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If you don’t have anyone to tell your story, no one will hear it.
Spokespeople promote their organisation’s achievements and defend its reputation during crisis media management incidents.
But there is a big difference between talking to the media and getting your messages across to the audience you want to reach.
Each media situation is different and every spokesperson will have their own unique style.
But there are certain characteristics which effective spokespeople have.
Answers the question
A good spokesperson is prepared to answer the hard question.
Dodging and evading questions make spokespeople appear slippery and untrustworthy and leads to frustration.
It creates the impression there is something they are trying to hide and it will usually cause the journalist to probe further.
Appearing honest, direct and open will portray the organisation in a good light.
But this doesn’t mean that spokespeople should just answer the questions they are asked. They should still use tools like bridging and signposting to steer the conversation once they have answered the question.
Really effective media spokespeople are able to express feelings, show emotions and share personal stories and anecdotes.
To connect with the audience and build trust they need to be able to make the interview sound like a natural conversation.
This means being able to use their own words to get messages across and avoiding the corporate speak and jargon which can undermine interviews.
Audiences are put off by anyone who sounds like a corporate talking robot.
Passion and enthusiasm are really important characteristics of good media spokespeople.
Demonstrating passion for the subject is compelling and it is vital for keeping the audience listening and watching.
It will also help the audience to see that you believe what you are saying and are comfortable with the messaging.
But passion alone is clearly not enough. And clichéd phrases such as ‘we’re really excited to announce’ should also be avoided and will just come across as PR puffery.
Good spokespeople monitor and choose their words carefully because they are sensitive to the impact they have on others.
They are attuned to their audience, are aware of boundaries, and know what will motivate people to take positive action and what will cause them to switch-off.
At some point a media spokesperson is going to come under intense pressure in a media interview, particularly if you are dealing with a crisis media management incident.
The heated interview is not just reserved for politicians.
And the key in these situations is the ability to remain calm.
A good spokesperson will not let criticism get to them, become frustrated at a negative line of questioning or display annoyance when they are interrupted.
We tell delegates on our media training courses that when an interview does become heated or hostile, the audience will be much more likely to remain sympathetic if the spokesperson remains calm.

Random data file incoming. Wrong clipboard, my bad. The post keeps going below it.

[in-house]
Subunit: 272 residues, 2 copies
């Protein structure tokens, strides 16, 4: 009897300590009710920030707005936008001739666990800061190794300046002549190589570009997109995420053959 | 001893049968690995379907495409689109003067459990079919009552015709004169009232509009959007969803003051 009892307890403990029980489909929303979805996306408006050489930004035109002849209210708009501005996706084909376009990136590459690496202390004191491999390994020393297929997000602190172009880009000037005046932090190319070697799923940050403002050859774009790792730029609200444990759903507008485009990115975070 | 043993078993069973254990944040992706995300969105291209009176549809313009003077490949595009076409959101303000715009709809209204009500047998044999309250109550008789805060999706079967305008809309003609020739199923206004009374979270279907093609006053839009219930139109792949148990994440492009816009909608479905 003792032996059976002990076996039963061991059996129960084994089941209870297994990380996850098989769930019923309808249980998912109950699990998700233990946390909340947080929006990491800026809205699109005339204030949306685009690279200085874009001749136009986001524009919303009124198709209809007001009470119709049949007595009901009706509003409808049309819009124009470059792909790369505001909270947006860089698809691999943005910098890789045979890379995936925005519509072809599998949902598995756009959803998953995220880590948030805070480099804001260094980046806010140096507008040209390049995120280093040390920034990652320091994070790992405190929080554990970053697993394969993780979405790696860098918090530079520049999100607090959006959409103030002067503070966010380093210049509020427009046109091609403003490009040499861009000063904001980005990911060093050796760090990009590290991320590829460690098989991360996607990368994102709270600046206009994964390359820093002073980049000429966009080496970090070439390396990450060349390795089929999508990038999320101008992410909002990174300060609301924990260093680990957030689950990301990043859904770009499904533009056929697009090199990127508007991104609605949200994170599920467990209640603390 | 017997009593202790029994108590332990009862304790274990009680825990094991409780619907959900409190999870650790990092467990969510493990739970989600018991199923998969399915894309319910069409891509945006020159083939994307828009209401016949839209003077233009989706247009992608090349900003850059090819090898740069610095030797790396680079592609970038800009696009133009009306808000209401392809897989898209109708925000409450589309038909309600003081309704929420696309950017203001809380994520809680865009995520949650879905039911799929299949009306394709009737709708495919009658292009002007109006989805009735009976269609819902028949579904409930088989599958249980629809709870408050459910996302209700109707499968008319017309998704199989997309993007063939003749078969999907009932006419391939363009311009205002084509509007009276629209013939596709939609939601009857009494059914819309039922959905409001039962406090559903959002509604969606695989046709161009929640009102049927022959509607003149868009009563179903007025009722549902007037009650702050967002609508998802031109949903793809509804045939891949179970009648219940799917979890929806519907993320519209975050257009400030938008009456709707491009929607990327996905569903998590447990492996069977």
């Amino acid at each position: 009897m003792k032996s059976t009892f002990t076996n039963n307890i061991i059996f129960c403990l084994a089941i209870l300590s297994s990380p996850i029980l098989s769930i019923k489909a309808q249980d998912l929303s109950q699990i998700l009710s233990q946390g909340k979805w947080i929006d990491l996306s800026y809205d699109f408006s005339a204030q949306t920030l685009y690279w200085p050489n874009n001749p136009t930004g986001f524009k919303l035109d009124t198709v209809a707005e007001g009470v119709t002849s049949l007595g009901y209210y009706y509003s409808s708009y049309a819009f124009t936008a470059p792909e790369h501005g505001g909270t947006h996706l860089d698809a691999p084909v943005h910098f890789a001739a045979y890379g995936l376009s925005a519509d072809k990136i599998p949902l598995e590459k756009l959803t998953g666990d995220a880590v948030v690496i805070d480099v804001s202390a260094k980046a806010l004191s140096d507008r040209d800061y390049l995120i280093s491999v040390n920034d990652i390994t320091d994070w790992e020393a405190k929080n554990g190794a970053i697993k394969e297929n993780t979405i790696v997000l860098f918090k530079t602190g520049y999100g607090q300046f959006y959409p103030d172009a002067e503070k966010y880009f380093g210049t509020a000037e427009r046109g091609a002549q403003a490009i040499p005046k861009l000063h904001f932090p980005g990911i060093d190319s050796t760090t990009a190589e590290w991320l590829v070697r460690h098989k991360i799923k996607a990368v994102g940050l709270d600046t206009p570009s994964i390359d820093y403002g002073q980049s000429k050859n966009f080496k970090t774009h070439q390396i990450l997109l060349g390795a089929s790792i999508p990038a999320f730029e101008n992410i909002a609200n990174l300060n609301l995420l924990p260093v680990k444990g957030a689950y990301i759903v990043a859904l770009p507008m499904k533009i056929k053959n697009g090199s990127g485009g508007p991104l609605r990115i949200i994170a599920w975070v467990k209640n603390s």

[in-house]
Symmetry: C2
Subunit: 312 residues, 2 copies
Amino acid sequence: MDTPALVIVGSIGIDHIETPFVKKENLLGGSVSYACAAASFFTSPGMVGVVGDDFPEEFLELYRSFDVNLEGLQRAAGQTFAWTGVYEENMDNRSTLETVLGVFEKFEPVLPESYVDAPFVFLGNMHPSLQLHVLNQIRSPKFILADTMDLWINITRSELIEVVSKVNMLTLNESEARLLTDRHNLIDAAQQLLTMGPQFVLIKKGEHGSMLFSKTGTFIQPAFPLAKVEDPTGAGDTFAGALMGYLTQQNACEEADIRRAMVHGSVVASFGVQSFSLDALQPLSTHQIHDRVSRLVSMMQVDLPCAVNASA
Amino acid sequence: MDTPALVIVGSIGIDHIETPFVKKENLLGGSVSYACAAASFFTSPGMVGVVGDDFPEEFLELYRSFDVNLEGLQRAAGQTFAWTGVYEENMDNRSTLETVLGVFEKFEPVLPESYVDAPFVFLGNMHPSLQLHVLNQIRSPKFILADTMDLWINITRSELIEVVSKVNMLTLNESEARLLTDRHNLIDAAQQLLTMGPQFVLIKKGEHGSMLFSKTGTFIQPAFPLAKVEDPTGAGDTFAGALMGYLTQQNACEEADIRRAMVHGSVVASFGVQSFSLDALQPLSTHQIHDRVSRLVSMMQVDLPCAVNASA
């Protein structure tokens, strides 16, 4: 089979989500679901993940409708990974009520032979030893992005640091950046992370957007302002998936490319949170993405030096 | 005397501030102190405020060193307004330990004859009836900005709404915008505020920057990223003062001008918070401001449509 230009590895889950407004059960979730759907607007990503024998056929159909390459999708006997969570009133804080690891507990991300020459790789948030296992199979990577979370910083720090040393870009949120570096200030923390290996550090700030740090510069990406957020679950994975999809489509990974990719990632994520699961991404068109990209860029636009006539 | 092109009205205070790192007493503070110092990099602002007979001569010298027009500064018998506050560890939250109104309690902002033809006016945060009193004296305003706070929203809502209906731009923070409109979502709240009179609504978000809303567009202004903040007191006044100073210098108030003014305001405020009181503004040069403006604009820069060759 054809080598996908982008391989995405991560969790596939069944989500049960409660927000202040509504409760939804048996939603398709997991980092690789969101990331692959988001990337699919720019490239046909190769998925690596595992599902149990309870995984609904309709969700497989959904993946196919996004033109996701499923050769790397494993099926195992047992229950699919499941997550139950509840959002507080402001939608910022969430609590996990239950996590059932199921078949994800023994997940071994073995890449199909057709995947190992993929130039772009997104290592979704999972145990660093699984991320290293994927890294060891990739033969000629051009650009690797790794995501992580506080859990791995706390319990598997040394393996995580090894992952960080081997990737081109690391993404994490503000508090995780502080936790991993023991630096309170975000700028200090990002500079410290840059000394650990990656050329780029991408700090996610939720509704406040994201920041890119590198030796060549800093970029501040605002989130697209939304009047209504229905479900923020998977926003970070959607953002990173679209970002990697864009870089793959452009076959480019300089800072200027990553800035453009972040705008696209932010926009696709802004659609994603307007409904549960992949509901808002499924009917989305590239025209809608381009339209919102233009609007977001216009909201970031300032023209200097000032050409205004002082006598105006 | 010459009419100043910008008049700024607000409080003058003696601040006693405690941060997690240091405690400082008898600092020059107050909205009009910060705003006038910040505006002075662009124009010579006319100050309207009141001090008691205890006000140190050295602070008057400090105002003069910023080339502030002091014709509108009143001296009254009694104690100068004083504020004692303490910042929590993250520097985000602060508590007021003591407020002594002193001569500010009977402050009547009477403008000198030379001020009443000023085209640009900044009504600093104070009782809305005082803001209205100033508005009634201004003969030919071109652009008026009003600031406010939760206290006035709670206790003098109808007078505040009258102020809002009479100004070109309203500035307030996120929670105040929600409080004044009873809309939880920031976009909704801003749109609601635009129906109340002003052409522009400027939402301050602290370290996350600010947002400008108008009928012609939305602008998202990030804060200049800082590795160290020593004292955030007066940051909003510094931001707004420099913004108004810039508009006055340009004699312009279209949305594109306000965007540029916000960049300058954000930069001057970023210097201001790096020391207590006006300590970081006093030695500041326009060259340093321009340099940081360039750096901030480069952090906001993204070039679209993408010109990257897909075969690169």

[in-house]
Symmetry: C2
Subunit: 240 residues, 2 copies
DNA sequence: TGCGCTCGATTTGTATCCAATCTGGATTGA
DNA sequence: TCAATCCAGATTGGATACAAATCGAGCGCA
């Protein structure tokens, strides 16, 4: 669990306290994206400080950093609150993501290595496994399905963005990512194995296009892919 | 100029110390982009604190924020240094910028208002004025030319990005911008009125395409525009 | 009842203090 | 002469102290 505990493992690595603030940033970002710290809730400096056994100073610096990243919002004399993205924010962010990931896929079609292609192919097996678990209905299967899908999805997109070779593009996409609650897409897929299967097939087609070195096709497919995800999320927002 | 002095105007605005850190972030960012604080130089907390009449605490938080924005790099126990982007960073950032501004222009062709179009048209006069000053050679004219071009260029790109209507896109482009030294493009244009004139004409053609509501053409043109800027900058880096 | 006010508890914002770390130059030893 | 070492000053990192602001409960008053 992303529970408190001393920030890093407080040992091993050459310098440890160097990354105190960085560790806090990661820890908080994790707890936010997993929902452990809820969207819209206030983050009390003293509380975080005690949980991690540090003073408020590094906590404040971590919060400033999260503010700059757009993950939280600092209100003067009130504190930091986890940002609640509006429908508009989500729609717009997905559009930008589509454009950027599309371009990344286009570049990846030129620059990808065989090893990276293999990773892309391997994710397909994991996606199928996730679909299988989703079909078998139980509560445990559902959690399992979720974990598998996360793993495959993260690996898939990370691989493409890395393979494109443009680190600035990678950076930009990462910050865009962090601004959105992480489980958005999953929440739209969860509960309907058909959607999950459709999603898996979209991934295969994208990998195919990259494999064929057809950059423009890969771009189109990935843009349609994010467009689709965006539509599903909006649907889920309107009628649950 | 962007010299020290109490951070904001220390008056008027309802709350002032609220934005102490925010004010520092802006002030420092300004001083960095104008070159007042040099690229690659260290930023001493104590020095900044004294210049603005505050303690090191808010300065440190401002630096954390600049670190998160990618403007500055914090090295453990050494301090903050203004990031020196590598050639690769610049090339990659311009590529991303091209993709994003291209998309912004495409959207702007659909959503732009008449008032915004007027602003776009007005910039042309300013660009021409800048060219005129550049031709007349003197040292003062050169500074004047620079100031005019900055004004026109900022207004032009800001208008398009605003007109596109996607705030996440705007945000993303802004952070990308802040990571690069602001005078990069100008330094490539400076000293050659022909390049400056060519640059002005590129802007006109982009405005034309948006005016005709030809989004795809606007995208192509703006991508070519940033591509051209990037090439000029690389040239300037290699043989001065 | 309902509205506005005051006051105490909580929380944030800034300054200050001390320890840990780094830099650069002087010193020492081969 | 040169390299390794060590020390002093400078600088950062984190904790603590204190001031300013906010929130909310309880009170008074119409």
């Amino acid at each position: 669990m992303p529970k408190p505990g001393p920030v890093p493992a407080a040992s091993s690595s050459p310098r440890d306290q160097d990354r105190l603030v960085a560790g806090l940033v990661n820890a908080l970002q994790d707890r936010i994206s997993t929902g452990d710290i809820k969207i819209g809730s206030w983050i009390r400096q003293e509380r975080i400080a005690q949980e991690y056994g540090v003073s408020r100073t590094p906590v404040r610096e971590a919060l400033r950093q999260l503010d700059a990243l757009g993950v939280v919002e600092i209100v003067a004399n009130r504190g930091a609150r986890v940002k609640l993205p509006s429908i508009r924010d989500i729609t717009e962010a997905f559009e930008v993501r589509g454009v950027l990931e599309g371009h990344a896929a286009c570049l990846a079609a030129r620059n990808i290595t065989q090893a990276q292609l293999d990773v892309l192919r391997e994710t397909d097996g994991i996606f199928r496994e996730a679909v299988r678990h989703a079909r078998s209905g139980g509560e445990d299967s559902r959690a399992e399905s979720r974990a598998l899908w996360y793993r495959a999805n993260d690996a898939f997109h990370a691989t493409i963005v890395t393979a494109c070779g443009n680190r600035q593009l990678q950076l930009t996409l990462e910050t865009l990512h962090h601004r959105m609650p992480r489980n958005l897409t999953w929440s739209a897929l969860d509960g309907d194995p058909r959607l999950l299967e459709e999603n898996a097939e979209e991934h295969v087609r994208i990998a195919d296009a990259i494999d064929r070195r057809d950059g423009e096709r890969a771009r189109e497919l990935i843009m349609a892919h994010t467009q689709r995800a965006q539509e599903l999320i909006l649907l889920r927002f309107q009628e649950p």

Prepared to prepare
You can’t wing a media interview no-matter how much experience you may have of doing them.
Interview preparation should not only include making sure you know the messages you want to get across, but also anticipating the question you could get asked and the wider issues which could be brought in to the interview.
But there is a balancing act here.
Too much preparation can make media spokespeople appear over rehearsed and that can blunt the much needed human element.
Swotting up over huge briefing documents for hours on end can also make spokespeople more nervous by building up the interview too much in their mind. This can lead to them feeling muddled and unable to recall key information when the pressure is on.
Clearly a good spokesperson will need to have a good understanding of the subject they are discussing.
And they will need to have strong knowledge of the media training techniques that will help them to steer and control an interview and avoid pitfalls.
But a really effective spokesperson will go beyond that and also know what the media is looking for and how their story feeds into the overall news package.
The real benefit of this is that not only will it ensure that more of what they say makes the edit, but also that journalists will regard them as an expert they would like to speak to again in future.
A good spokesperson is able to get their messages out clearly using language the audience will be able to understand and that will make them take notice.
This means using succinct sentences, using relatable language and adopting the type of language they would use if they were telling the story to a friend or family member with no knowledge of the industry.
It also means being able to diffuse challenging questions and steer the conversation without appearing evasive.
It sounds pretty simple, but a good spokesperson needs to be available to the media.
Journalists work to tight deadlines and if a spokesperson does not have the flexibility to meet their time frames, the opportunity to get your organisation’s story across will disappear.
One way round this is for organisations to have a number of media spokespeople who have had recent media training.
If the organisation has multiple sites, it is also worth considering having regional spokespeople. Not only are there clear logistical advantages but the regional voice can also show a commitment to the area.
Media First are media and communications training specialists with over 30 years of experience. We have a team of trainers, each with decades of experience working as journalists, presenters, communications coaches and media trainers.
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